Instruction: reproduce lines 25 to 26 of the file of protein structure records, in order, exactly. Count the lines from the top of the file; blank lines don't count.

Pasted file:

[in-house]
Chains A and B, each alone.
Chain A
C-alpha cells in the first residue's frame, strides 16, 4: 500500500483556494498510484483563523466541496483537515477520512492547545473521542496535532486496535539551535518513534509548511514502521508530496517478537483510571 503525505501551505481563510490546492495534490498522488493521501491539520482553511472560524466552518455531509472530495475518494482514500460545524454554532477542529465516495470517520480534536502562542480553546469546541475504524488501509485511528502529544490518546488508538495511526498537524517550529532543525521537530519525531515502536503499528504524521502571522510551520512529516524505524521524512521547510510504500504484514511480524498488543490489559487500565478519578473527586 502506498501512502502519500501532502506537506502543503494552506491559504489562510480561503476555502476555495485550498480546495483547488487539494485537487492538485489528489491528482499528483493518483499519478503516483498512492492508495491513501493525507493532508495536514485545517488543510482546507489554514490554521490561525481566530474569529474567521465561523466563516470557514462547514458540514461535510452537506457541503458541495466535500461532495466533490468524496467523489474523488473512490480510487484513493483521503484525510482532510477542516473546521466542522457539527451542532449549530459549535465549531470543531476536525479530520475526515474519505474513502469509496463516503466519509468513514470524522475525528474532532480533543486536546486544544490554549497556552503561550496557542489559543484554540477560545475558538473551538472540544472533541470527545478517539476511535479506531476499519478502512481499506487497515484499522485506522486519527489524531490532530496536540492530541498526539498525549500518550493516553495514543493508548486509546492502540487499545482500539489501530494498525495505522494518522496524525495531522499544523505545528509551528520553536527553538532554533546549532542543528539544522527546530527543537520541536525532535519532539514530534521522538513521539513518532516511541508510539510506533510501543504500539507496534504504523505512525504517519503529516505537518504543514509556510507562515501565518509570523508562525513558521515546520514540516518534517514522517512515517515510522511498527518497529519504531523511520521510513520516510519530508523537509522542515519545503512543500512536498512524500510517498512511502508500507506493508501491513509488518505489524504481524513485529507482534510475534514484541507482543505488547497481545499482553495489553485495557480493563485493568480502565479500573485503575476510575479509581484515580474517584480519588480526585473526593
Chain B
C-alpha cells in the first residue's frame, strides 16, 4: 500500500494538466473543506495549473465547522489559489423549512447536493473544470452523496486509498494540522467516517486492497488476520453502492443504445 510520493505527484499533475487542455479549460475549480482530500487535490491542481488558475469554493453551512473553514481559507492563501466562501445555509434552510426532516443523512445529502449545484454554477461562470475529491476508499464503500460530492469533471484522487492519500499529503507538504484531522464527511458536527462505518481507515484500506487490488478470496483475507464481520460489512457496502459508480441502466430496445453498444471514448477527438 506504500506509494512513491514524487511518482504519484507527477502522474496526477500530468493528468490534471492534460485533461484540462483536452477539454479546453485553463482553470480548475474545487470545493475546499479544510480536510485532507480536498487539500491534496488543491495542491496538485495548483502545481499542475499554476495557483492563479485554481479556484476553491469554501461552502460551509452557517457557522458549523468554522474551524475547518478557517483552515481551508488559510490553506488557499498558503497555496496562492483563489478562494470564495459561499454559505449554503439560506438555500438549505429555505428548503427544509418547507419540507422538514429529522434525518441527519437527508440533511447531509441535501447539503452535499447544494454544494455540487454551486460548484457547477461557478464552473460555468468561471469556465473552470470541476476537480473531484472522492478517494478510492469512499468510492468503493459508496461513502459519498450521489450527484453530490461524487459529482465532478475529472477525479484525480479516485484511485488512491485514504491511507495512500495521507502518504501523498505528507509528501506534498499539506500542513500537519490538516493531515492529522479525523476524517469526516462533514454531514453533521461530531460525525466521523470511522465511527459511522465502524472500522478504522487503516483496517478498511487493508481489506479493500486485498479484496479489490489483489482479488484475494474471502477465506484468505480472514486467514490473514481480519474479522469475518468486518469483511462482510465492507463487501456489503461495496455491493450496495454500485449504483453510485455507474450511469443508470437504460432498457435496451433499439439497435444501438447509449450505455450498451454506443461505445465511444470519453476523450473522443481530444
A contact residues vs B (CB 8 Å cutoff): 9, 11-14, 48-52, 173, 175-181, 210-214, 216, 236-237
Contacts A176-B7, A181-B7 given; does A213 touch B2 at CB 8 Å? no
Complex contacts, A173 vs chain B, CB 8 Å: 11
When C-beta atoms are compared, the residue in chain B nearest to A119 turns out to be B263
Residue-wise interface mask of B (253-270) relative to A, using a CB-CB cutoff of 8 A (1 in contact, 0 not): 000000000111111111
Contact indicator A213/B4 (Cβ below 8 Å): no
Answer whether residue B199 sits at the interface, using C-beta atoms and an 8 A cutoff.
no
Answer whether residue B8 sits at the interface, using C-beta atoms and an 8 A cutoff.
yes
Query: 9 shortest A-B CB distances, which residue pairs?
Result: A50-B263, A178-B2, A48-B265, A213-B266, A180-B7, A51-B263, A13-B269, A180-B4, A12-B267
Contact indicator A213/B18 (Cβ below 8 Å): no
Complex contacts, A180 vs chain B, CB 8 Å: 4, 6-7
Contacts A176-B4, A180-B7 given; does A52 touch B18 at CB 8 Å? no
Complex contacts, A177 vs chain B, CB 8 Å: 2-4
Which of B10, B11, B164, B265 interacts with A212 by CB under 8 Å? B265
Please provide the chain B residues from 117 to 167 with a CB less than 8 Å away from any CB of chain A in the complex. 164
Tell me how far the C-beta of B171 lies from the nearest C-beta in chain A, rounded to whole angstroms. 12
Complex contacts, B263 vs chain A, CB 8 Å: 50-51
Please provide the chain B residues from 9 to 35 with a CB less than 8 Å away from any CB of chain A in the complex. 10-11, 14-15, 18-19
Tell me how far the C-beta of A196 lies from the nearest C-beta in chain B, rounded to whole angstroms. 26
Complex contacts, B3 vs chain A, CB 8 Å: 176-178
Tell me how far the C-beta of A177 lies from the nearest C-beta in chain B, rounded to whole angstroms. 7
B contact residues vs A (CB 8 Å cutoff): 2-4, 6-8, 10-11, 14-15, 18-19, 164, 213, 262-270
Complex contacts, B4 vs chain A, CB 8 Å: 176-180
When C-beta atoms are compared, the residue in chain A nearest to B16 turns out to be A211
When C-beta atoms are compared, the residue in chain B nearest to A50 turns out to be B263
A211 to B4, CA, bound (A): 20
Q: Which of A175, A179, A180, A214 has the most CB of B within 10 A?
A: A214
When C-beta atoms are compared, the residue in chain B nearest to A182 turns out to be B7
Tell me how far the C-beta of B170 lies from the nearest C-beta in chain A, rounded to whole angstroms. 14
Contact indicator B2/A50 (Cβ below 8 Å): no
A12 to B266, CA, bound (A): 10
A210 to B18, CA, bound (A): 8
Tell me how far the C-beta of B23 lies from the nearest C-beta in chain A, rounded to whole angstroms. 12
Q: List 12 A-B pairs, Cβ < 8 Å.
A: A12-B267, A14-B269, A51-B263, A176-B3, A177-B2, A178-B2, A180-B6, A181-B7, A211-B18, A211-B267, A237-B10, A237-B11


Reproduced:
Tell me how far the C-beta of B171 lies from the nearest C-beta in chain A, rounded to whole angstroms. 12
Complex contacts, B263 vs chain A, CB 8 Å: 50-51